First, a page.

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Amplifying the Signal with a Scaffold

Posted by on Monday, January 14, 2019 in Discoveries, News.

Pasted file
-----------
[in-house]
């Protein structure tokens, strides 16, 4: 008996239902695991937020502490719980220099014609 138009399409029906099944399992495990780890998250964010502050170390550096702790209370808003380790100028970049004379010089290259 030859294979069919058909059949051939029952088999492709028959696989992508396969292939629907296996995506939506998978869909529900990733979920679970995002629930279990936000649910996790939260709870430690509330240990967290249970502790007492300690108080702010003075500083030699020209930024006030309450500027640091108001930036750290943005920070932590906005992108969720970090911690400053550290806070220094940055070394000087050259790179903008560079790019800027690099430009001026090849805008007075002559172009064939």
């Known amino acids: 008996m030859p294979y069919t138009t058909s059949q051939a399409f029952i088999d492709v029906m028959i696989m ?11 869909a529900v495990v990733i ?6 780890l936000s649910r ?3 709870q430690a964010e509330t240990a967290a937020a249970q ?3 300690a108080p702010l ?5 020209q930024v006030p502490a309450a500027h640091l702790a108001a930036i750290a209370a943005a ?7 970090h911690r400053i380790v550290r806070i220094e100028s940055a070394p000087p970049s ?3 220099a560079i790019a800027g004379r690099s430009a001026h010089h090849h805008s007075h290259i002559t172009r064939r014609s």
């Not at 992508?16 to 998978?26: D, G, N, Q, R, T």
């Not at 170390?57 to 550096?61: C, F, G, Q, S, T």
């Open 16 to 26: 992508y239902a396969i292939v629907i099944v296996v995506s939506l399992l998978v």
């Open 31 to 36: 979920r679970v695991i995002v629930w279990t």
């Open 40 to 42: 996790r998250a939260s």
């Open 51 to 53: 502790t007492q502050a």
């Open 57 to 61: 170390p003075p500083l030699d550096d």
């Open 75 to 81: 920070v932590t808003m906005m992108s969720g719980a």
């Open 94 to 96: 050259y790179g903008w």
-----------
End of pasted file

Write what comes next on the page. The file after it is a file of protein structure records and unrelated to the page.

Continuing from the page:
Scaffolding proteins serve as sites of binding and organization for the multiple components involved in many signaling pathways. Scaffolding promotes key protein-protein interactions and can substantially amplify a signal; however, if proteins are bound too tightly to a scaffold, signal propagation may actually be hindered. The precise mechanisms that regulate the interactions between scaffolding proteins and signaling pathway components are poorly understood, leading Vanderbilt Basic Sciences investigators Tina Iverson, Carlos Lopez, and Vsevolod Gurevich to explore the role of arrestin-3 as a scaffold for the JNK3 signaling pathway. JNK3, a mitogen activated protein kinase (MAPK) that regulates apoptosis in neuronal cells, is activated when it is phosphorylated on Tyr-223 by MKK4 (MAPK kinase 4) and Thr-221 by MKK7 (MAPK kinase 7). MKK4 and MKK7, in turn, are activated when they are phosphorylated by ASK1 (apoptosis signal-related kinase1). From prior work, the researchers knew that all four of these proteins bind to arrestin-3, and that this interaction promotes activation of JNK3. In the current studies, they demonstrated that ASK1, MKK4, MKK7, and JNK3 all bind to the T1A peptide (amino acids 1-25) of arrestin-3. MKK4 and MKK7 appear to compete for the same binding site on the arrestin-3 peptide, and the binding affinities of MKK4 and JNK3 are reduced by phosphorylation. The researchers measured the rate of JNK3 phosphorylation by activated MKK4, MKK7, or both enzymes together in the presence and absence of arrestin-3. They used these data, along with binding constants they had measured for the interaction of these proteins with arrestin-3 and some literature values to construct a computational reaction model for the activation process. The results demonstrated that, under these in vitroconditions, arrestin-3 promotes the phosphorylation of Thr-221 over Tyr-223 by 2.2-fold and leads to an overall 1.2- to 1.8-fold (3-fold at early time points) increase in the rate of dual phosphorylation of JNK3. The kinetic constant for Thr-221 phosphorylation by MKK7 was two orders of magnitude higher than that of Tyr-223 phosphorylation by MKK4, suggesting that the MKK4-catalyzed reaction is rate limiting. A final set of experiments demonstrated that the expression of a fused arrestin-3-JNK3 protein in HEK293 cells led to reduced activation of free JNK3 when compared to the activation of JNK3 in cells expressing free arrestin-3. These findings suggest that release of JNK-3 from arrestin-3 is critical for arrestin-3-mediated promotion of JNK3 activation. In summary, the results confirm that JNK3 and the kinases that are responsible for its activation all bind to arrestin-3 and that this scaffolding promotes JNK3 activation. The researchers proposed a “conveyor belt” model for this process, proposing that scaffolding of ASK1, MKK4, and MKK7 to arrestin-3 produces a complex that can activate multiple JNK3 molecules, thereby facilitating signal propagation. Critically, the reduction in affinity for arrestin-3 that occurs following JNK3 phosphorylation promotes its dissociation, helping to maintain flexibility in the system. This model provides a critical understanding of arrestin-3-mediated scaffolding and could well apply to other signaling pathways in which scaffolding occurs. The work is published in the journal Proceedings of the National Academy of Sciences U.S.A[N. A. Perry et al., (2018) Proc. Natl. Acad. Sci. U.S.A., published December 27, DOI: 10.1073/pnas.1819230116